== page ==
I know, the name’s a little cheesy and tongue-in-cheek, but throughout literary history, alcohol has served as a muse and maiden to our greatest authors and poets. Since my freshman year of college, I have been fascinated by the ways in which writers employ alcohol both in their art and as a means to that art. The line between genius and insanity is usually blurred, and generally more so when an outside substance is involved. With this blog, I hope to share my own scholarly findings, as well as my general amateur opinions, about the use and abuse of alcohol in literature.
The first recorded alcoholic drink was an ancient version of what we now call wine. Many scholars claim that wine has existed since 4000 B.C., and so it is at the heart of human history to partake in this fermented juice. The first written reference to wine was in 2500 B.C., in ancient Egypt, where it was frequently used in postmortem preparation for the afterlife. However, the first written account of viniculture (or the art of wine cultivation) was in the Old Testament’s Book of Genesis, in Noah’s story. Since then, wine has not only become an integral part of Jewish and Christian religious ritual, but of literary ritual as well.
Whether it warns us of excess or encourages our creative impulse, alcohol is a nearly unavoidable part of literature. It is used to bring to light man’s greatest evils, as well as mask his most sociopathic desires. Intoxication has brought about the demise of some of our greatest writers (Charles Bukowski, Edgar Allan Poe), but it has also created some of the greatest works of fiction (“Kubla Khan,” Naked Lunch). (I should note here, in lieu of the fact that “Kubla Khan” was technically produced by an opium dream, that while when I reference “intoxication” I am usually referring to alcohol, it also serves as an umbrella term for any sort of chemical influence .)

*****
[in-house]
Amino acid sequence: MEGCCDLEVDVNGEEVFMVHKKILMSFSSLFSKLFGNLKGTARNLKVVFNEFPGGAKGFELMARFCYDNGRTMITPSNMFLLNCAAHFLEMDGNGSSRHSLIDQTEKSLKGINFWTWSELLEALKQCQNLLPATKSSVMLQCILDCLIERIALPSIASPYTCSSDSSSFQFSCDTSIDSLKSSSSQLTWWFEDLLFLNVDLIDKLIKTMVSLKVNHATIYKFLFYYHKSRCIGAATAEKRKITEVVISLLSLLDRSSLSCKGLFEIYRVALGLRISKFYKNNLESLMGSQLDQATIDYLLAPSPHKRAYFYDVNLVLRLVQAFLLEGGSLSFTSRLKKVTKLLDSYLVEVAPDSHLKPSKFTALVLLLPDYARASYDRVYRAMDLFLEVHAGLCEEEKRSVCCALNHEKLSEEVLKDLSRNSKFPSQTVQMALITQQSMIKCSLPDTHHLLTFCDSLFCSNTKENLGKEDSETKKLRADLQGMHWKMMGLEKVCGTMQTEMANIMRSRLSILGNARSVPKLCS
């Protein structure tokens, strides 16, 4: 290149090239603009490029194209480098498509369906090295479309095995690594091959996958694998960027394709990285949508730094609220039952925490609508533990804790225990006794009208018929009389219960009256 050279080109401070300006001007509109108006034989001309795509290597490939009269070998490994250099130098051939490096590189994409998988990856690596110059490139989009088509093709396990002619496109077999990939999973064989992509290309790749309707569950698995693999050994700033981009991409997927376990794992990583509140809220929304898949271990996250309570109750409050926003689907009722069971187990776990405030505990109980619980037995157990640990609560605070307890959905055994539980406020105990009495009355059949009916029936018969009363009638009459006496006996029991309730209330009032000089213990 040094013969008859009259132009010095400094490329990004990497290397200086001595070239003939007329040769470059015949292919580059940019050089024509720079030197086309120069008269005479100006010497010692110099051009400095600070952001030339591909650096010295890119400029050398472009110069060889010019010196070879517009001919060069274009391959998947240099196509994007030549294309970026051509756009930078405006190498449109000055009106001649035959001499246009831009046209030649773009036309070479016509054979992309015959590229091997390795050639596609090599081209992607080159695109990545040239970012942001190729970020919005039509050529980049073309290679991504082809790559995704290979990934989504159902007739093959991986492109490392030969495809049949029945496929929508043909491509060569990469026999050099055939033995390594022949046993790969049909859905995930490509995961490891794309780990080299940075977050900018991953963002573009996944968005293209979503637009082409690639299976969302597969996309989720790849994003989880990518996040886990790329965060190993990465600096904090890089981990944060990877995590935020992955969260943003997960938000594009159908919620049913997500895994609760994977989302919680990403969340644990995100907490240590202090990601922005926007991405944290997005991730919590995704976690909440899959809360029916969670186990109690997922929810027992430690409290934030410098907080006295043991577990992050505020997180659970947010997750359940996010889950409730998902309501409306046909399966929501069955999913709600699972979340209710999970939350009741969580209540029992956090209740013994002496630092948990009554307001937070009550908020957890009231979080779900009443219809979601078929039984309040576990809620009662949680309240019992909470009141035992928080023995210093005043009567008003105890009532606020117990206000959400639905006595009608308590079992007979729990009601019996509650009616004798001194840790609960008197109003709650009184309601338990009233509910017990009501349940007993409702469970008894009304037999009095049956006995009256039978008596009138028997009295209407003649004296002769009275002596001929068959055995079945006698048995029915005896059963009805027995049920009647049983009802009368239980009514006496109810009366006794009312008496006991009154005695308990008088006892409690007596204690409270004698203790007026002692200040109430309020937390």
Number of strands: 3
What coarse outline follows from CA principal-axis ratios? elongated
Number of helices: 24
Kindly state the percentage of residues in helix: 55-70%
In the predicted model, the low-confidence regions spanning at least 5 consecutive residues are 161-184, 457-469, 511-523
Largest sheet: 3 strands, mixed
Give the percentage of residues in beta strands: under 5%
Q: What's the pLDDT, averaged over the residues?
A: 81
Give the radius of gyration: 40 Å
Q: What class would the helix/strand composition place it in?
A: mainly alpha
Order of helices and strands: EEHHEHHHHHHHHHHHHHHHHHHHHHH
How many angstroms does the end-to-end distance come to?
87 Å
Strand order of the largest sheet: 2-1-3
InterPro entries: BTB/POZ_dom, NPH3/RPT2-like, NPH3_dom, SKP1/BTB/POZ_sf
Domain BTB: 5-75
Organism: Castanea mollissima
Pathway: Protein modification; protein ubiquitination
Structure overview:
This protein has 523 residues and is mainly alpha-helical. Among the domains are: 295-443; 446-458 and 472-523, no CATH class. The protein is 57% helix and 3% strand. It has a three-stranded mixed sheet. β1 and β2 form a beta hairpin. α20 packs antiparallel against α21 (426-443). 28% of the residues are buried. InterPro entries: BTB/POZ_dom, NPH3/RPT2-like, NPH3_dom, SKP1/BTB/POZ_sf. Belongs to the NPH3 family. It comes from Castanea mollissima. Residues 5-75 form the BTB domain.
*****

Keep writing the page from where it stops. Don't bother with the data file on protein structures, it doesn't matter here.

As for who I am, well, I’m no one special. I’m not a scholar (yet), nor do I own some gigantic vineyard on the coast of France (though, I hopefully will one day), nor can I boast an outstanding knowledge of the crippling grip of alcoholism (thank God). I’m just a girl with an intense (perhaps perverse) interest in the issue of intoxication as a literary trope. After a freshman-encounter with Euripides’s The Bacchae, I fell instantly and irrevocably in love with the manner in which intoxication motivates and influences a narrative. My educational background is predominantly in Modern European literature and French Symbolist poetry (and you wonder why I can’t find a steady day-job). I developed my undergrad thesis on la fee verte (absinthe, the green fairy), and since then, have focused my intellectual pursuits on the subject of literatures of intoxication. Hopefully, in a year’s time, I will be pursuing these studies through the grad program of some well-known university, but until then, I’m using this blog as a venue for my thoughts and findings on the subject.
This blog will be inquisitive, experimental, and (hopefully) entertaining. If you’re a stranger and stumble upon this, I would love for you to leave a comment, even if it’s just with a book recommendation. If you’re a friend and concerned that I’ve finally become one of those people holed up in the recesses of some dark library all day, talking to finger puppets in Old English, well, we all knew it would eventually come to this.
Thanks for reading!
P.S. I’m currently streaming the new CD from Them Crooked Vultures, and it is rock star quality.